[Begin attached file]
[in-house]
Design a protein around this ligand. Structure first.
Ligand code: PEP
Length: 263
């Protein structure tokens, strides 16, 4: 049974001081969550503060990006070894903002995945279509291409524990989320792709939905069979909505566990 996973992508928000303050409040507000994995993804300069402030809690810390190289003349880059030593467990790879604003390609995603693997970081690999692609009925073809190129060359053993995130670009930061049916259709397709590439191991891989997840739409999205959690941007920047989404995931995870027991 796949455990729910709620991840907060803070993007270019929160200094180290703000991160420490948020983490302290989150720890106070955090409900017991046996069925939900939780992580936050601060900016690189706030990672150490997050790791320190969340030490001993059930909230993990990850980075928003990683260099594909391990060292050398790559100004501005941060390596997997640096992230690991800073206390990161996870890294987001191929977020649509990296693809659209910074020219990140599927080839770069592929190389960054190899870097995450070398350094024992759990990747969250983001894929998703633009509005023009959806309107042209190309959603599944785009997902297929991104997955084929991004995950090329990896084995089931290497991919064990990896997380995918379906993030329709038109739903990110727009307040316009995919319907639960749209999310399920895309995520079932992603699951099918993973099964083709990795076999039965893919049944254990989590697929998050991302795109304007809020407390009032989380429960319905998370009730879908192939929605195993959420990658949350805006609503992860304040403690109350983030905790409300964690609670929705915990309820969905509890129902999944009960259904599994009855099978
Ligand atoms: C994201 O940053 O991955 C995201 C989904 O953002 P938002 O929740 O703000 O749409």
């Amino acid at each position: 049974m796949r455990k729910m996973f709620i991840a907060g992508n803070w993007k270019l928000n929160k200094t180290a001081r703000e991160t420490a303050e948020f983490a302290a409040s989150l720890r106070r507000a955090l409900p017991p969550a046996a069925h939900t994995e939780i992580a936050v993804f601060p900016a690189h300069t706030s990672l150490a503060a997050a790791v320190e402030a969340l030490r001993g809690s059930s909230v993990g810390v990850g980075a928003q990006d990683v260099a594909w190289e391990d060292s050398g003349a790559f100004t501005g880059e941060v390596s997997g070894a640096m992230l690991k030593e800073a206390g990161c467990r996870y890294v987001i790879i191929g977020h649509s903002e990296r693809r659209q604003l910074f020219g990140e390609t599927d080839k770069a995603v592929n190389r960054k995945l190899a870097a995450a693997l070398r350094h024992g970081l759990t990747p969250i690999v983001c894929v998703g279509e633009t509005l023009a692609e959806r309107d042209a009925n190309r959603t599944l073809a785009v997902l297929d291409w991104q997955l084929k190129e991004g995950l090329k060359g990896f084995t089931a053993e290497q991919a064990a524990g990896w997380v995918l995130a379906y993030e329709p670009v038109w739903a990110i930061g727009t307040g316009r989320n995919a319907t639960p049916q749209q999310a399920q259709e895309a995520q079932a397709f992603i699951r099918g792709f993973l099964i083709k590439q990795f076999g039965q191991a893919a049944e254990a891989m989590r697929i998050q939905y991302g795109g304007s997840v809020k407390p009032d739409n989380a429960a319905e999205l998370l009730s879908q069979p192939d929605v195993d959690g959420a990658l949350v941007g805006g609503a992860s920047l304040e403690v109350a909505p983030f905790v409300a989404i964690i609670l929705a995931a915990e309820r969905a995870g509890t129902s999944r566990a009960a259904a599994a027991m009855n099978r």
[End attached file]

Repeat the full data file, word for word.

[in-house]
Design a protein around this ligand. Structure first.
Ligand code: PEP
Length: 263
């Protein structure tokens, strides 16, 4: 049974001081969550503060990006070894903002995945279509291409524990989320792709939905069979909505566990 996973992508928000303050409040507000994995993804300069402030809690810390190289003349880059030593467990790879604003390609995603693997970081690999692609009925073809190129060359053993995130670009930061049916259709397709590439191991891989997840739409999205959690941007920047989404995931995870027991 796949455990729910709620991840907060803070993007270019929160200094180290703000991160420490948020983490302290989150720890106070955090409900017991046996069925939900939780992580936050601060900016690189706030990672150490997050790791320190969340030490001993059930909230993990990850980075928003990683260099594909391990060292050398790559100004501005941060390596997997640096992230690991800073206390990161996870890294987001191929977020649509990296693809659209910074020219990140599927080839770069592929190389960054190899870097995450070398350094024992759990990747969250983001894929998703633009509005023009959806309107042209190309959603599944785009997902297929991104997955084929991004995950090329990896084995089931290497991919064990990896997380995918379906993030329709038109739903990110727009307040316009995919319907639960749209999310399920895309995520079932992603699951099918993973099964083709990795076999039965893919049944254990989590697929998050991302795109304007809020407390009032989380429960319905998370009730879908192939929605195993959420990658949350805006609503992860304040403690109350983030905790409300964690609670929705915990309820969905509890129902999944009960259904599994009855099978
Ligand atoms: C994201 O940053 O991955 C995201 C989904 O953002 P938002 O929740 O703000 O749409």
């Amino acid at each position: 049974m796949r455990k729910m996973f709620i991840a907060g992508n803070w993007k270019l928000n929160k200094t180290a001081r703000e991160t420490a303050e948020f983490a302290a409040s989150l720890r106070r507000a955090l409900p017991p969550a046996a069925h939900t994995e939780i992580a936050v993804f601060p900016a690189h300069t706030s990672l150490a503060a997050a790791v320190e402030a969340l030490r001993g809690s059930s909230v993990g810390v990850g980075a928003q990006d990683v260099a594909w190289e391990d060292s050398g003349a790559f100004t501005g880059e941060v390596s997997g070894a640096m992230l690991k030593e800073a206390g990161c467990r996870y890294v987001i790879i191929g977020h649509s903002e990296r693809r659209q604003l910074f020219g990140e390609t599927d080839k770069a995603v592929n190389r960054k995945l190899a870097a995450a693997l070398r350094h024992g970081l759990t990747p969250i690999v983001c894929v998703g279509e633009t509005l023009a692609e959806r309107d042209a009925n190309r959603t599944l073809a785009v997902l297929d291409w991104q997955l084929k190129e991004g995950l090329k060359g990896f084995t089931a053993e290497q991919a064990a524990g990896w997380v995918l995130a379906y993030e329709p670009v038109w739903a990110i930061g727009t307040g316009r989320n995919a319907t639960p049916q749209q999310a399920q259709e895309a995520q079932a397709f992603i699951r099918g792709f993973l099964i083709k590439q990795f076999g039965q191991a893919a049944e254990a891989m989590r697929i998050q939905y991302g795109g304007s997840v809020k407390p009032d739409n989380a429960a319905e999205l998370l009730s879908q069979p192939d929605v195993d959690g959420a990658l949350v941007g805006g609503a992860s920047l304040e403690v109350a909505p983030f905790v409300a989404i964690i609670l929705a995931a915990e309820r969905a995870g509890t129902s999944r566990a009960a259904a599994a027991m009855n099978r």